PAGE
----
Doug: Before I let you go, I always like to ask arborists, and I always preface it with we know there's a lot of right tree, right place before we say anything about this. I'd like to talk about some of your favorite trees that when it's right, that you like add to a client's landscape and you're happy for them because you know this tree is going to be something special for them.

Jay: Yes, I like that you say when it's right [laughs], because in Colorado and Denver where we're at, none of the trees are native. There was a cottonwood by a creek, and that's it. At this elevation when you go up a little bit higher, you start seeing pine trees. One of everyone's favorite tree is an aspen tree, because we're in Colorado. Aspens aren't native at this elevation. You need to get up into the mountains until you start seeing them there. That's disappointing to a lot of clients because they're short-lived. You get about 20 years out of them. They are great. It's nice to see an aspen out your window, but just understanding that you're probably going to have to put a different tree in there in 10 years, maybe 20. For me, again, not native to where we are, I really like the red bud trees. In Colorado, they're not getting as large as other parts of the country where they're native. I really love the flower in the spring if we don't have a frost out here. I think peas growing off a tree is pretty interesting too. It's pretty unique [laughs].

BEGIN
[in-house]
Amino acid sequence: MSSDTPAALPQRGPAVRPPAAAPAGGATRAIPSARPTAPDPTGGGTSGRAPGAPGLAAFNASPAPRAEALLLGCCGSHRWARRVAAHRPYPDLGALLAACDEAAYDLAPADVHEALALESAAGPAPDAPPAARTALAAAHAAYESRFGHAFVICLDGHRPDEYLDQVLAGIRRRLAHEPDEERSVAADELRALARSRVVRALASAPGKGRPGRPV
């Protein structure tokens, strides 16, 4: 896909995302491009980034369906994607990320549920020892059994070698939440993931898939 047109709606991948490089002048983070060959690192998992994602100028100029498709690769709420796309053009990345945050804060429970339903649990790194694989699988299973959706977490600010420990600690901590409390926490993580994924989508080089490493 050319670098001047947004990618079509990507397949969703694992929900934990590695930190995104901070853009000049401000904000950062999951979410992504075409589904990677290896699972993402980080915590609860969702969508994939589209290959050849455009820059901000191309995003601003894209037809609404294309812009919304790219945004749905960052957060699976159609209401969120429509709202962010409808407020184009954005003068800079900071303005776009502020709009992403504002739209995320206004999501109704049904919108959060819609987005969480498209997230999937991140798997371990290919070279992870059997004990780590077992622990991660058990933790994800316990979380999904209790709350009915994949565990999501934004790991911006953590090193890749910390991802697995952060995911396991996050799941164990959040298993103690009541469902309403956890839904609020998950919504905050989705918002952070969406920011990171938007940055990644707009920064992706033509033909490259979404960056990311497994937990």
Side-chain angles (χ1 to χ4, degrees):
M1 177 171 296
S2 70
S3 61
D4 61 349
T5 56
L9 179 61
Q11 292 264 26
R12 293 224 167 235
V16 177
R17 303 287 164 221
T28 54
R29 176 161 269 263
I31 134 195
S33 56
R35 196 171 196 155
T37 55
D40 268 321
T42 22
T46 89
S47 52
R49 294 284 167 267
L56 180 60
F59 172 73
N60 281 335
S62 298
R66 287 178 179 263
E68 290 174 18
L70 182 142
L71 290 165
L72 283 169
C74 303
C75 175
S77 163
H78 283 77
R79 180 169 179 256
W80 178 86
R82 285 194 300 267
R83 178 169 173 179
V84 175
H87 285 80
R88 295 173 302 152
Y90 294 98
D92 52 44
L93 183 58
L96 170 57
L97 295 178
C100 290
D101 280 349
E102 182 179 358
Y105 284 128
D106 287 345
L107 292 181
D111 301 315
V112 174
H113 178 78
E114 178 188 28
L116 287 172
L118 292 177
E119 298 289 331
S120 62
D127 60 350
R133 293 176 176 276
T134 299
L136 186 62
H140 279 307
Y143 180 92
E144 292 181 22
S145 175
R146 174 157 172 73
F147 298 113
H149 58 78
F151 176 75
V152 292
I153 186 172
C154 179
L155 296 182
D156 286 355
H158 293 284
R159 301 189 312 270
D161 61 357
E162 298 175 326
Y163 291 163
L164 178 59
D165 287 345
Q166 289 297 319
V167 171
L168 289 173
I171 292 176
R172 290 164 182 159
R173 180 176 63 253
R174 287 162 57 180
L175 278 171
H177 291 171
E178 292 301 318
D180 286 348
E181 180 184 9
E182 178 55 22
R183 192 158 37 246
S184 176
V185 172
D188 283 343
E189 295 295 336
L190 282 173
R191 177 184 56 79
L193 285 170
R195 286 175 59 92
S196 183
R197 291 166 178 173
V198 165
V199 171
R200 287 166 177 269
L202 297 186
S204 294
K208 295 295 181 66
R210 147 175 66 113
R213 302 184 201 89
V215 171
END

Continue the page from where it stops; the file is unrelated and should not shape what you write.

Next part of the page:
Doug: With that red bud in your climate, how often does it not bloom?

Jay: [laughs] I would say it seems like every two years we get a frost here, which is good for people that have crab apple trees over their front walk. Then they don't have crab apples that year, but you lose the flower, so it's bitter sweet, I guess [laughs].